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Hacking Healthcare: A Guide to Standards, Workflows, and Meaningful Use

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Fred Trotter is a hacktivist. He works for social change by coding and promoting Open Source Health Software. In recognition of his role within the Open Source Health Informatics community, Trotter was the only Open Source representative invited by congress … see full wiki

1 review about Hacking Healthcare: A Guide to Standards,...

Recommended if you work in health care or health care insurance IT...

  • Dec 28, 2012
  • by
One of the ways often cited for cutting health care costs is to have electronic medical records. On the surface, it's easy to think that it can't be all that difficult, right? Actually, it's a nightmare. Fred Trotter and David Uhlman do a good job in explaining the huge number of issues inherent in electronic health records (EHR) in their book Hacking Healthcare. If you're in Information Technology and you touch the health care industry in any way, this should be a must-read.

Introduction; An Anatomy of Medical Practice; Medical Billing; The Bandwidth of Paper; Herding Cats - Healthcare Management and Business Office Operations; Patient-Facing Software; Human Error; Meaningful Use Overview; A Selective History of EHR Technology; Ontologies; Interoperability; HIPAA - The Far-Reaching Healthcare Regulation; Open Source Systems; Appendix - Meaningful Use Implementation Assessment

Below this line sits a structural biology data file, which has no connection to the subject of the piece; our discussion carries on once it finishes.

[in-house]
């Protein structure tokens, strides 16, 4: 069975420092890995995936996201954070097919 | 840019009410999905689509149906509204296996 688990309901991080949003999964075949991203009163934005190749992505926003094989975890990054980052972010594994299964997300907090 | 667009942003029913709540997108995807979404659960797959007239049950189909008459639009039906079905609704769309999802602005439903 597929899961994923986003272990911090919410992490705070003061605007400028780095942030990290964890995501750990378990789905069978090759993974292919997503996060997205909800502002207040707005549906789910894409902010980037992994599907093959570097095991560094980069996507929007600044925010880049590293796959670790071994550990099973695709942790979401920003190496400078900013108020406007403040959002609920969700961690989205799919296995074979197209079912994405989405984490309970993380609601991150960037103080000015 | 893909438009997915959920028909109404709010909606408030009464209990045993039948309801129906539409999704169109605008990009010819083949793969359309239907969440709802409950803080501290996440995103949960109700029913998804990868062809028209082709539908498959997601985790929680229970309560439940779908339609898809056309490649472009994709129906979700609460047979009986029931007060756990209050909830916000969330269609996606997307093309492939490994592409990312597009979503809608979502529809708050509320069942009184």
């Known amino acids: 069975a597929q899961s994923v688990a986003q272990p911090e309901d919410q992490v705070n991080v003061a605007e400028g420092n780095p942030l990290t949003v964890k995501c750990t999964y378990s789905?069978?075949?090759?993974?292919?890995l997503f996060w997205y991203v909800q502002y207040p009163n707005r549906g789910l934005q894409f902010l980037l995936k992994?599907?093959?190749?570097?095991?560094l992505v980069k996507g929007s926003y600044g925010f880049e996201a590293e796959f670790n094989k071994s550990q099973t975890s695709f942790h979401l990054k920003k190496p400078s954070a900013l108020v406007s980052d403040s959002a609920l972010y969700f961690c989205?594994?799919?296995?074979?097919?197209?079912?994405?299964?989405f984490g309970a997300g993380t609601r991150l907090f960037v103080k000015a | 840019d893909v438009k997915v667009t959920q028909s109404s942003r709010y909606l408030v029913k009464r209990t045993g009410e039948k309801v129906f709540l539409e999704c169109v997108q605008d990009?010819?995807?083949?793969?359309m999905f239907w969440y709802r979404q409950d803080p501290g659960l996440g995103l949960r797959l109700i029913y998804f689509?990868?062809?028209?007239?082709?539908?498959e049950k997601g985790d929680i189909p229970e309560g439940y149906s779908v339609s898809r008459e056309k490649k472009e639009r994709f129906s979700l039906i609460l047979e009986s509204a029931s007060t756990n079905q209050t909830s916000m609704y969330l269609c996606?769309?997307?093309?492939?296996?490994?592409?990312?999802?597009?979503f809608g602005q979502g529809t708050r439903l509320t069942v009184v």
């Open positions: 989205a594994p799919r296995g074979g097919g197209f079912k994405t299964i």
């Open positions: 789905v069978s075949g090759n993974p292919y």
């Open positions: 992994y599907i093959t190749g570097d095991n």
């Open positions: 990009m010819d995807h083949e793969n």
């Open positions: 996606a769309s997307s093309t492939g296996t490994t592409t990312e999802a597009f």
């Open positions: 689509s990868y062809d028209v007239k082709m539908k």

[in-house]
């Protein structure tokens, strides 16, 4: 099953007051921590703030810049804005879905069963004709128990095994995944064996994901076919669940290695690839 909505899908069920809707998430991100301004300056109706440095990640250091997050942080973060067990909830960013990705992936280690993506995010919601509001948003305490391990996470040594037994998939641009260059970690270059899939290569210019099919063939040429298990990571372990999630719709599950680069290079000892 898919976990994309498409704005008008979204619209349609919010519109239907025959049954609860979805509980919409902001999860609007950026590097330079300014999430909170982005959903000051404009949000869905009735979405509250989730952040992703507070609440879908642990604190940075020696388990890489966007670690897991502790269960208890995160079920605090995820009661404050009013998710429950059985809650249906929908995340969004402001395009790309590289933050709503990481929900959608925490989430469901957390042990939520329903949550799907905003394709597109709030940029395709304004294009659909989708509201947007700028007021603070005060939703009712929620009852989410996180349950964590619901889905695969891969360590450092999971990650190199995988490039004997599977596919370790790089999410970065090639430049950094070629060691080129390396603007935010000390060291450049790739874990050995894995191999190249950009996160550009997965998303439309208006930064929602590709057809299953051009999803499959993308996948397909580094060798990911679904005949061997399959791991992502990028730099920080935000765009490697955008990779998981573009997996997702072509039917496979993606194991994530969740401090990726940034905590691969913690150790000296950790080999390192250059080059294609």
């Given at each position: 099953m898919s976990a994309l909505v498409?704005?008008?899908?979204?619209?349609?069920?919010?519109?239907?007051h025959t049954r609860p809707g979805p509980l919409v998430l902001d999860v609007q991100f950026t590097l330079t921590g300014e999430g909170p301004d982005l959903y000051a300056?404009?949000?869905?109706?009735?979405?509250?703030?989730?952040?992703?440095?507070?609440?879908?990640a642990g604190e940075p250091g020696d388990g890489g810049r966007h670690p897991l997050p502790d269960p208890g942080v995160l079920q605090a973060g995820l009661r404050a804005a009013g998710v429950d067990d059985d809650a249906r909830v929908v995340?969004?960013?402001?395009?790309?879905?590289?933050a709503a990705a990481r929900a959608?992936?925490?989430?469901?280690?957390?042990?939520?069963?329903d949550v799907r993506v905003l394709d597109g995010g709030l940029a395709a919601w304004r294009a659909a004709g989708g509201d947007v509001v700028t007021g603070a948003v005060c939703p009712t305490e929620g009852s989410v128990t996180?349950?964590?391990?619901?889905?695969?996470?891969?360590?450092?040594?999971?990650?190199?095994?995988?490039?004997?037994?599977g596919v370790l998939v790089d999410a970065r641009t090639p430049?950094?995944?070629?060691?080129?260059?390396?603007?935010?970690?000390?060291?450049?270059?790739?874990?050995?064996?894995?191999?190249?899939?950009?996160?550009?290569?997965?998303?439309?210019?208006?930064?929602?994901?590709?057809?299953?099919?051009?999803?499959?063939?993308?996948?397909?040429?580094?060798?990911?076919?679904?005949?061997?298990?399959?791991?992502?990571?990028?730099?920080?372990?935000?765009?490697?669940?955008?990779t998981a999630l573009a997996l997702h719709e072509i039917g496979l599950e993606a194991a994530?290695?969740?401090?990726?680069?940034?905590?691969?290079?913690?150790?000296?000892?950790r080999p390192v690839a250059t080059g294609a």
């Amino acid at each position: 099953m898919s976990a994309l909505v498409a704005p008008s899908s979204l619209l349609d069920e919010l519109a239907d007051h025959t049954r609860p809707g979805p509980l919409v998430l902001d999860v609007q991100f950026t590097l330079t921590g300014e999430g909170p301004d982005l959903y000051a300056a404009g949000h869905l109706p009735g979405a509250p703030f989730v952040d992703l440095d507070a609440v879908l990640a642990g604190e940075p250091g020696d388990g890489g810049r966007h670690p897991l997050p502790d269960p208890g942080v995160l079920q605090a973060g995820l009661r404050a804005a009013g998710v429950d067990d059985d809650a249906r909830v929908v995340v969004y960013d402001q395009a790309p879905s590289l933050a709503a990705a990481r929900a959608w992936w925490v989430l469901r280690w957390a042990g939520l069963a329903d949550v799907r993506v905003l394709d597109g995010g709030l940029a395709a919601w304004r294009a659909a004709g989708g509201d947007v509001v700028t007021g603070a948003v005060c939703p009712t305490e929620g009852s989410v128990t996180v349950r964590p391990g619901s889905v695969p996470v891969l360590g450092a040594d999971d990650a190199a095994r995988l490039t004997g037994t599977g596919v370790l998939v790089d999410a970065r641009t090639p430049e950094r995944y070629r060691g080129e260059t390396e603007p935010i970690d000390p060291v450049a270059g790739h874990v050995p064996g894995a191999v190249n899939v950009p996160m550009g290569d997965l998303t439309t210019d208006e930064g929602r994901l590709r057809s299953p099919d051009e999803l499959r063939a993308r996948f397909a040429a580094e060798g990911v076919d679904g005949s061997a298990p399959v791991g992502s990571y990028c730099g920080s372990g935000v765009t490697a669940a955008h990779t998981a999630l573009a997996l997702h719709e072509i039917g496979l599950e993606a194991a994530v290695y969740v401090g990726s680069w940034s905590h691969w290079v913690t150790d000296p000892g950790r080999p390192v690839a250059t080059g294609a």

Hacking Healthcare bridges the gap between "software does x, then y, then z" and what really happens when someone steps into the clinic (and earlier). There are endless use cases that need to be accounted for, no universally agreed-upon unique identifier for a patient, values that change over time, records in various locations, no standard way to share information between providers, and so on. Trotter and Uhlman cover the issues involved, and also talk about the current state of EHR. There are competing standards and systems, each with various pros and cons. There are no easy answers, but with this book, you have a much better understanding of the issues that need to be addressed.

I would recommend this book to anyone interested in health care or health insurance technology. It's a low-cost investment that will have huge payback in terms of how you approach technology solutions in that space.

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